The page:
Supper With the Sultan

A La Turca

It's the perfect complement to A La Turca's wide array of unapologetically sweet pastries. Many of them are flaky, buttery, honey-drenched variations on baklava, but far more luscious than the dried-out pretenders you find around town. One example is vezir parmagi, four slender fingers of crunchy phyllo saturated with honey and sprinkled with pistachios. Another is bulbul yuvasi, in which the establishment's cloudlike phyllo forms the shape of a snail around the walnut-rich filling, which is so intermingled with the pastry that it's difficult to discern one from the other. Kunefe is a pocket of dough stuffed with melted sweet cheese that gets rubbery as it cools, but it's a satisfying collection of tastes and textures just the same. Best of all is kadayif, a hillock of delicate phyllo filled with crushed pistachios and clarified butter and set on a bed of lemon-scented honey syrup. A more refreshing dessert alternative is sutlac, a homespun, simple, barely sweetened rice pudding with a delicate flavor.

Ottoman Odyssey: A La Turca serves the city's most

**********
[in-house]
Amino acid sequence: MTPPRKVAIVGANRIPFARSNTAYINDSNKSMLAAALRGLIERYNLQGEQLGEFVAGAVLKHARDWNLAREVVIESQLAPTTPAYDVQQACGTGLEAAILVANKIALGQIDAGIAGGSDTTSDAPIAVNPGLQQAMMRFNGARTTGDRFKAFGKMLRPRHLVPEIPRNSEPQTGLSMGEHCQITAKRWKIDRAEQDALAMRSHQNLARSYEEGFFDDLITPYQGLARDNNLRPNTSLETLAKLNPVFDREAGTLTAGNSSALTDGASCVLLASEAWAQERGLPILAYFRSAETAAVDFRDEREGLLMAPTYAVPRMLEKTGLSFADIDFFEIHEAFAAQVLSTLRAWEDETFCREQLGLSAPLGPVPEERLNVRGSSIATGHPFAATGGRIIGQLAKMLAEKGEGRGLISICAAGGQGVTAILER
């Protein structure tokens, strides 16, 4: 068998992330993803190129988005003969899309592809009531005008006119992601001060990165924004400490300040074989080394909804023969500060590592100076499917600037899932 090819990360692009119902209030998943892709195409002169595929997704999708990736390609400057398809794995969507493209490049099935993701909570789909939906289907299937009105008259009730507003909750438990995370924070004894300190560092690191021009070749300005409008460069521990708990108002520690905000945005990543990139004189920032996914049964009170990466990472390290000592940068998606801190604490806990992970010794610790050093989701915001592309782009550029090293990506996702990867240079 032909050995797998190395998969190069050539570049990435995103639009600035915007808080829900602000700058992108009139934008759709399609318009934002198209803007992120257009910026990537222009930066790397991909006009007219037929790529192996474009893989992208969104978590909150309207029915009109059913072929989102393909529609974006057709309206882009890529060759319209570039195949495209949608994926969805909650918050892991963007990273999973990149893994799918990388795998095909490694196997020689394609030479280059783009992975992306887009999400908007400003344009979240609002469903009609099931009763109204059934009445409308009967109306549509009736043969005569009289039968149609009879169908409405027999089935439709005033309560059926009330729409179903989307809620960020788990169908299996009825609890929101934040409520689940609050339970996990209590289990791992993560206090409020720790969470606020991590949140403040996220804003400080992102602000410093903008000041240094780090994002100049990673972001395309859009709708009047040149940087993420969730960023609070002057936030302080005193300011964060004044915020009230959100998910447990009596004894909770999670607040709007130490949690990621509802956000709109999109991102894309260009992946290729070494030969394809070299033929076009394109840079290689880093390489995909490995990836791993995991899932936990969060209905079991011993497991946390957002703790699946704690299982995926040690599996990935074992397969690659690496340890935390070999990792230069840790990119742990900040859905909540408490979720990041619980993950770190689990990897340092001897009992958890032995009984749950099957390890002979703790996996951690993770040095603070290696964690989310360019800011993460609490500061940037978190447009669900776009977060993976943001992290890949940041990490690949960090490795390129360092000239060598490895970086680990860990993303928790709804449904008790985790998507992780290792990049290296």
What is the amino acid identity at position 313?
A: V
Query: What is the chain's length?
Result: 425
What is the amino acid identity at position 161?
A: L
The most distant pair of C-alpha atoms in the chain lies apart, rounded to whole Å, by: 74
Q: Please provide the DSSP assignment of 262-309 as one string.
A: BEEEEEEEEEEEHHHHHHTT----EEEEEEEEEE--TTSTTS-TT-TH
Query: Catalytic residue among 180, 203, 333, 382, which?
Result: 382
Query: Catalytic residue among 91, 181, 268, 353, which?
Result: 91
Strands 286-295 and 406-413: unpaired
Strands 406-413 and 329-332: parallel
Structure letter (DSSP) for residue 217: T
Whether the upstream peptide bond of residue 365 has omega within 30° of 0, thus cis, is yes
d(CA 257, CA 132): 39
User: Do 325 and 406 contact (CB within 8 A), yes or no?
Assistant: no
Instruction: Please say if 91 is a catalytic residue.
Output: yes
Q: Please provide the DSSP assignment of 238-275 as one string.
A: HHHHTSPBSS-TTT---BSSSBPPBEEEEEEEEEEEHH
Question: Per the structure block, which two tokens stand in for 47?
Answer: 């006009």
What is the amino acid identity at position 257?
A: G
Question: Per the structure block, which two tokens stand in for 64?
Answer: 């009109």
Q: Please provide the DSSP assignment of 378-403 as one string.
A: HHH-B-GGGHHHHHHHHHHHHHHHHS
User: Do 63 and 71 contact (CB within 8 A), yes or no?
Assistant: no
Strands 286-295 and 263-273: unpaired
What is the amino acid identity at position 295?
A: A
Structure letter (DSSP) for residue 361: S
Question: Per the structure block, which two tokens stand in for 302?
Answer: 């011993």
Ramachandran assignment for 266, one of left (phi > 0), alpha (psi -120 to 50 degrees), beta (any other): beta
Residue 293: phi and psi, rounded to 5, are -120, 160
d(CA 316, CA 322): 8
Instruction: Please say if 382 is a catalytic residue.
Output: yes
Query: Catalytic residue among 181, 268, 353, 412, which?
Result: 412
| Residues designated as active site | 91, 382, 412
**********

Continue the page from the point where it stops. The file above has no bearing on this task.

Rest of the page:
authentic Turkish food out of an unimpressive yet 
pristine Tenderloin setting.
Anthony Pidgeon
Ottoman Odyssey: A La Turca serves the city's most authentic Turkish food out of an unimpressive yet pristine Tenderloin setting.

Location Info

Map

A La Turca

869 Geary St.
San Francisco, CA 94109

Category: Restaurant > Turkish

Region: Hayes Valley/ Tenderloin

Details

Stuffed grape leaves $4.25

Sigara borek $3.75

Black Sea pies $3.75 each

Lamb shish kebap $8.75

Kofte $6.25

Kadayif $2.50

Turkish coffee $1

345-1011

Open 11 a.m. to 11 p.m. daily

Reservations accepted

Wheelchair accessible

Parking: difficult

Muni: 19, 38

Noise level: moderate

869 Geary (at Larkin)

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After dinner or a nosh, it's a convenient pleasure to go next door to the Ha Ra saloon and sip some Wild Turkey, look at the boxing photos on the wall, and listen to one of the city's great little-known jukeboxes. Or you might want to head half a block west to Edinburgh Castle for a snifter of single malt, a game of stick, and the occasional tortured poetry reading. This is one neighborhood with definite possibilities, most of them unsung and exotic.

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